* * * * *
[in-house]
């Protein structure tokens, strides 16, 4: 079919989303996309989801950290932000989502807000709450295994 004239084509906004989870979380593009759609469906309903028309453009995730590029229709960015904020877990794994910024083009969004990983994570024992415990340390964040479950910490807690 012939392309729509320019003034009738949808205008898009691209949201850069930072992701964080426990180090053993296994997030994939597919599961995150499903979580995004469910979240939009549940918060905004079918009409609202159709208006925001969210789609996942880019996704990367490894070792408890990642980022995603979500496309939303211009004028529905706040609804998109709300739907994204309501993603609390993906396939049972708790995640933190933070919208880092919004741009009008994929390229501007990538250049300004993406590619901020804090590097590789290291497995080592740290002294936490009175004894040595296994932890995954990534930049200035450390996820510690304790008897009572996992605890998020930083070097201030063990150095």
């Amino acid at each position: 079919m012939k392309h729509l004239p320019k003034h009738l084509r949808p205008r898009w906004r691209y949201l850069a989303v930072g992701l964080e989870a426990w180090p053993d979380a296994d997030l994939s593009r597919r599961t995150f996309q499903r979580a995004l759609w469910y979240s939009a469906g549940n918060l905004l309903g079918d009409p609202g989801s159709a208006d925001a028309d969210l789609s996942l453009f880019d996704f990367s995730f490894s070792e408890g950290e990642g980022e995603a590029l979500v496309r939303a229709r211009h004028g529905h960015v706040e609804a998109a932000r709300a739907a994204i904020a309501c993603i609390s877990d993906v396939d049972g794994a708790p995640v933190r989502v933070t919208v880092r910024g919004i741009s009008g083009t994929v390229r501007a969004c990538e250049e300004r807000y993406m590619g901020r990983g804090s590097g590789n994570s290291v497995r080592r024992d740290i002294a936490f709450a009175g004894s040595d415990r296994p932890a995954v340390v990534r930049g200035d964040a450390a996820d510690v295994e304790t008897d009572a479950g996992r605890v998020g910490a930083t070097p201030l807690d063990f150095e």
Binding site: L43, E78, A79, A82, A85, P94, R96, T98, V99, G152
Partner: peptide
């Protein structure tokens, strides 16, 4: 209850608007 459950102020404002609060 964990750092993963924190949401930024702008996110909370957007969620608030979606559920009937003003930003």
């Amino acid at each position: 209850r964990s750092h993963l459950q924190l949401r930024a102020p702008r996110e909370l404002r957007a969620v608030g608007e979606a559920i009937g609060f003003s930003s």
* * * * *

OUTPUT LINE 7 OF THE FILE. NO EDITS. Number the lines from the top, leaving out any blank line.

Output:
């Amino acid at each position: 209850r964990s750092h993963l459950q924190l949401r930024a102020p702008r996110e909370l404002r957007a969620v608030g608007e979606a559920i009937g609060f003003s930003s």